But, Babcock said, it was too late to do anything about that and she believes people will “acclimate ourselves” to the building once it is constructed. She said she was excited about the project, but that if she could go back in time, she would shrink it in every direction.

Watson expressed concerns about traffic flow in the area, particularly with regard to the left turn from eastbound Grand River Ave. onto northbound Abbot Rd. Babcock seconded that concern and said she was also worried about traffic being shunted into the Oakwood Historic Neighborhood to the northwest.

About traffic, Stephens said he was also concerned but that “we don’t know until we know” how the traffic will play out. City staff did not require a traffic impact study for the proposal.

Director of Public Works Scott House said he hoped that what will happen is that people will continue to move downtown to use non-motorized means of transport and that drivers will adjust to avoid congested areas. He said various traffic control measures could be taken in the future to try to address problems that develop.

Gary Caldwell for ELi

Looking northwest toward the intersection of Albert Ave. and Abbot Rd. The new building will stand between The Abbot (seen on the left) and Dublin Square (seen on the right).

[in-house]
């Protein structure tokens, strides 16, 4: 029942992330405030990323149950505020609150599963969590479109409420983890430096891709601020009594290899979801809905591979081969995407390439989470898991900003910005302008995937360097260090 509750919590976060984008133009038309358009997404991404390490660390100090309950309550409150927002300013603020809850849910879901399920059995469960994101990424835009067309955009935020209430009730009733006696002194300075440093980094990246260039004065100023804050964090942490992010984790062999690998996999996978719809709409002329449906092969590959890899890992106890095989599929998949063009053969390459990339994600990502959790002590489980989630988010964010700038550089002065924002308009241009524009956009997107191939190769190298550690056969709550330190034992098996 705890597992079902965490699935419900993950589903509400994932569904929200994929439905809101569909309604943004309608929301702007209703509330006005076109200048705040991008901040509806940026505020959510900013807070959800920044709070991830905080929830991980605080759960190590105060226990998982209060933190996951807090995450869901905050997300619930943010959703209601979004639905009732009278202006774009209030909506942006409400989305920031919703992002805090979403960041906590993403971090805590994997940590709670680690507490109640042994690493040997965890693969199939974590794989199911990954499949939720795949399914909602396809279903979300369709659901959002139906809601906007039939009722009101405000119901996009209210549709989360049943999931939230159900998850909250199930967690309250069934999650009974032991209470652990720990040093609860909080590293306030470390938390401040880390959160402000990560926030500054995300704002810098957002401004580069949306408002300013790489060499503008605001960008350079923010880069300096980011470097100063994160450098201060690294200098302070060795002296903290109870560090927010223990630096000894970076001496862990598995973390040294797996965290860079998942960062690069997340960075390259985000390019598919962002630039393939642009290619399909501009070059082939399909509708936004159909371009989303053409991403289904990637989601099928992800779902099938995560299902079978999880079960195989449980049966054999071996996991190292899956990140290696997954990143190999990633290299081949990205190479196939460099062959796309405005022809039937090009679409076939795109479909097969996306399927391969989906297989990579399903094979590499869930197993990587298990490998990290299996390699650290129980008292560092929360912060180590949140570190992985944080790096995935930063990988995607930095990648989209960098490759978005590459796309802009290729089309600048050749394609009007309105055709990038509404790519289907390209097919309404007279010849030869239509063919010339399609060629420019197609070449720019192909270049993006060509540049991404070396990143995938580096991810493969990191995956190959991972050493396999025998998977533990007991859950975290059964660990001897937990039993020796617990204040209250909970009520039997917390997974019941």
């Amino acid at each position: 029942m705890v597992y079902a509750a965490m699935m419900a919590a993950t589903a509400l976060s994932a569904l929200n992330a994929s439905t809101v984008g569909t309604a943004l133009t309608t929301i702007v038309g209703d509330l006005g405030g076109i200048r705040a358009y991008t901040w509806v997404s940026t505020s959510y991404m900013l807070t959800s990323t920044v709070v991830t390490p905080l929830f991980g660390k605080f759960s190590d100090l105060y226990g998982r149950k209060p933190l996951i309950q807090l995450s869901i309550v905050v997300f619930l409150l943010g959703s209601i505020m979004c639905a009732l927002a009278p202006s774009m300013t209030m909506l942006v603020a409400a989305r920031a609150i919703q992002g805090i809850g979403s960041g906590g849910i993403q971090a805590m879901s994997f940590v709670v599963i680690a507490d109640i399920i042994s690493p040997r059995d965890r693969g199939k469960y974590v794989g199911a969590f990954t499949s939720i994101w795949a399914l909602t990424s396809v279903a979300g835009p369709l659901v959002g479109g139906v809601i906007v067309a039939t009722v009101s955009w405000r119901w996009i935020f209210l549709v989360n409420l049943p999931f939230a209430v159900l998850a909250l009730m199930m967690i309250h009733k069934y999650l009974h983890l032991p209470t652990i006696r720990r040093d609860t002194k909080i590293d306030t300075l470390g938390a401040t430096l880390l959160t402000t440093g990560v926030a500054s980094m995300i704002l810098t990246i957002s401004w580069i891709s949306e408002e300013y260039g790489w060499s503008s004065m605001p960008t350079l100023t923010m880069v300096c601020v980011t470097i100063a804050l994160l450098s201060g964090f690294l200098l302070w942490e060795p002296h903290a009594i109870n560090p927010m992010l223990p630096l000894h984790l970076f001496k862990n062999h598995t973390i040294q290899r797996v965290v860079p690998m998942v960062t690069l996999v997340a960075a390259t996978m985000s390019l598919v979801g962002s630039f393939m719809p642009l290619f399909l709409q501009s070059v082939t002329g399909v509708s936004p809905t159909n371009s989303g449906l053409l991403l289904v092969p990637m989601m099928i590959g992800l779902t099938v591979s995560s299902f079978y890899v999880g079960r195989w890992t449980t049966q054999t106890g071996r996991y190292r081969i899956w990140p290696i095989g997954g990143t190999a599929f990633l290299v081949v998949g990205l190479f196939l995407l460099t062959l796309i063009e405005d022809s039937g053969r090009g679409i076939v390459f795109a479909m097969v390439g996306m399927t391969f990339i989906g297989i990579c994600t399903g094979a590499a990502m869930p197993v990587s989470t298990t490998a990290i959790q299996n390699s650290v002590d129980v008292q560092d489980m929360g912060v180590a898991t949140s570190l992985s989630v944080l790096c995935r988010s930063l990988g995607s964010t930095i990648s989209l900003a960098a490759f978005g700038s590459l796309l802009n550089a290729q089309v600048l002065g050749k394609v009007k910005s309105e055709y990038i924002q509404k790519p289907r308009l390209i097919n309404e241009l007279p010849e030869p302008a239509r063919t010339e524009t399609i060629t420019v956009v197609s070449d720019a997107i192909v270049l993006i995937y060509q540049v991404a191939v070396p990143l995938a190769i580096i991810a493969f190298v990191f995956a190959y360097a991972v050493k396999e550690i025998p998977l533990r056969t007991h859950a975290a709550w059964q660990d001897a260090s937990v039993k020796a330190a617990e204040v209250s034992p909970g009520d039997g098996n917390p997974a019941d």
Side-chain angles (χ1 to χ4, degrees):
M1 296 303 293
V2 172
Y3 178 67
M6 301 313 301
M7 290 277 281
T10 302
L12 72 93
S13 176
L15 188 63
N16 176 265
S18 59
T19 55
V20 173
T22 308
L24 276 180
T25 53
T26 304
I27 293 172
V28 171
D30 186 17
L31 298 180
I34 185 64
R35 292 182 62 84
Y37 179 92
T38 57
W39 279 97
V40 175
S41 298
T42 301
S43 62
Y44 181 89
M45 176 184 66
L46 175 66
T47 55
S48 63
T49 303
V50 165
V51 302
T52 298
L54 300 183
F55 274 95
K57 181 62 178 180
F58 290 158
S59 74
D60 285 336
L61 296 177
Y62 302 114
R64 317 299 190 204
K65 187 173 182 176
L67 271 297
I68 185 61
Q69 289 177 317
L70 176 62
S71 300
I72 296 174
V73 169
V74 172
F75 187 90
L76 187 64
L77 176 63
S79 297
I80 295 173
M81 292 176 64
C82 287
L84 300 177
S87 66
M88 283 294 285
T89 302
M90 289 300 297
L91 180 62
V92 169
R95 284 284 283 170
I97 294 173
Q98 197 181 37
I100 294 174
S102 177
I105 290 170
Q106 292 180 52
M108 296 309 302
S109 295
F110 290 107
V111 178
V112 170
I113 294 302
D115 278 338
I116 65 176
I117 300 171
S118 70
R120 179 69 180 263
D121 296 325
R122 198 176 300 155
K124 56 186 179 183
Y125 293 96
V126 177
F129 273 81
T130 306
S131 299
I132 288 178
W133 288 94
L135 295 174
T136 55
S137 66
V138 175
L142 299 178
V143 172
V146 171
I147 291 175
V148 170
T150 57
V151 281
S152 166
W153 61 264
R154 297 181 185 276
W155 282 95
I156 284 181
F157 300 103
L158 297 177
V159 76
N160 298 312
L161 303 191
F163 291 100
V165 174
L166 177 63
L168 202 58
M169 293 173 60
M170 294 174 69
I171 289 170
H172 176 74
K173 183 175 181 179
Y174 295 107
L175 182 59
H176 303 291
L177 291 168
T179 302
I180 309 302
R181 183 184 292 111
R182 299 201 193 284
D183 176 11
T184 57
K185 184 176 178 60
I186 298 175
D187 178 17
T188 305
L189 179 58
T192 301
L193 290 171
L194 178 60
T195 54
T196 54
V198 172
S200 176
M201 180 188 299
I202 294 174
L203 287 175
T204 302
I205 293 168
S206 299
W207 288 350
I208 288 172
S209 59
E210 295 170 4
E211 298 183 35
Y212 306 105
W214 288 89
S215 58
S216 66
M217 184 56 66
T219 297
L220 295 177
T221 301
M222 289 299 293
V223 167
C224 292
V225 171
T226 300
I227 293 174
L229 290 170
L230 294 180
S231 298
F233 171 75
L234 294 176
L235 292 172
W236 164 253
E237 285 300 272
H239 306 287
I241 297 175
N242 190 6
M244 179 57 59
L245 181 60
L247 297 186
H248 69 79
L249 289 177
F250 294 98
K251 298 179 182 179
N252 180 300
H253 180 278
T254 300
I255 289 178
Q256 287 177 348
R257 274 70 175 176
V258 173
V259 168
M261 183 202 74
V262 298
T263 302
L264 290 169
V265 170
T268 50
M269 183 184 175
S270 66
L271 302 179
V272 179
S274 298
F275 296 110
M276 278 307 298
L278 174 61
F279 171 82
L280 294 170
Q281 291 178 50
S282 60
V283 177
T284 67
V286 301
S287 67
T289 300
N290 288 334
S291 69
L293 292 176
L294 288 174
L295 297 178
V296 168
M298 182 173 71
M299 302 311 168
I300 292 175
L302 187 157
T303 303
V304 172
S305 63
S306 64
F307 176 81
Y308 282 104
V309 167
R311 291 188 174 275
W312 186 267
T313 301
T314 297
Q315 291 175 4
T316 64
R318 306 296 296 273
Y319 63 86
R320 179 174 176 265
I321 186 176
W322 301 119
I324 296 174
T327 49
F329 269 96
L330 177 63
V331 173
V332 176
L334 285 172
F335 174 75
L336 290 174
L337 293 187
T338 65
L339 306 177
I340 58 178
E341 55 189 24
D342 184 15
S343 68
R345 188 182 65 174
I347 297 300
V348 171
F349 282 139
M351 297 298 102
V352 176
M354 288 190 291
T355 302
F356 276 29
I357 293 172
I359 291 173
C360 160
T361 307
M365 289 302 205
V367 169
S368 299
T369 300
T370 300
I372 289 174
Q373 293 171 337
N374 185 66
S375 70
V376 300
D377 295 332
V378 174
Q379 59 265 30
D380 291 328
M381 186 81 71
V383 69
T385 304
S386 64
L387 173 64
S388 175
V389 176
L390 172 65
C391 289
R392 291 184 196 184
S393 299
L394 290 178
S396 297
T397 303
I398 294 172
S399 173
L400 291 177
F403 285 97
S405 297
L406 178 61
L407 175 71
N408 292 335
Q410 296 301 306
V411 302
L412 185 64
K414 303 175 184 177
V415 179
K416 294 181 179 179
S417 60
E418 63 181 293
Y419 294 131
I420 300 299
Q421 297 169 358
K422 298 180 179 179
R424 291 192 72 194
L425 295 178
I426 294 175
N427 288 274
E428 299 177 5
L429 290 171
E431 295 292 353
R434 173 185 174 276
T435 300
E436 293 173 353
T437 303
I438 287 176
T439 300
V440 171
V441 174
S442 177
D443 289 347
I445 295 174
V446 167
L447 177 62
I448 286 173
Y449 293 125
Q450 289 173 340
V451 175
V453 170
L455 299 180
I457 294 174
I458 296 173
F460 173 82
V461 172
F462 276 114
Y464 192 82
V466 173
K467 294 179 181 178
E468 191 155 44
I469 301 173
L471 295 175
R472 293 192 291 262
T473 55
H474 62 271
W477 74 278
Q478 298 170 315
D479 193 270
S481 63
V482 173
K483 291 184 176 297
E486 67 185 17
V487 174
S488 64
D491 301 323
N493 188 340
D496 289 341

MSUFCU CEO April Clobes praised her team and spoke to the company’s practice of building in an environmentally responsible fashion and in a way that takes care of the credit union’s employees, customers, and neighbors, including in terms of promoting economic development.

She said she understood the concerns about the northside brick wall but called creation of a permanent mural on it “economically impossible.” She said some sort of temporary art there might be possible.

Before all voting in favor, City Council members again praised the credit union and talked about how excited they are at the idea of having lively, occupied new office space at a central location downtown. Lahanas also praised the credit union and project.

Correction: When originally published, this article indicated that the ground floor of the MSUFCU building will hold a credit union branch plus retail space for a yet-to-be-named tenant. The rental space is restricted to office use according to the terms of the land sale approved by voters. So, MSUFCU will have to find an office tenant for that ground-floor lease space.

ELi has been steadily reporting on this project, as we do all big redevelopment projects in East Lansing. Love our public service? Donate today to keep it coming!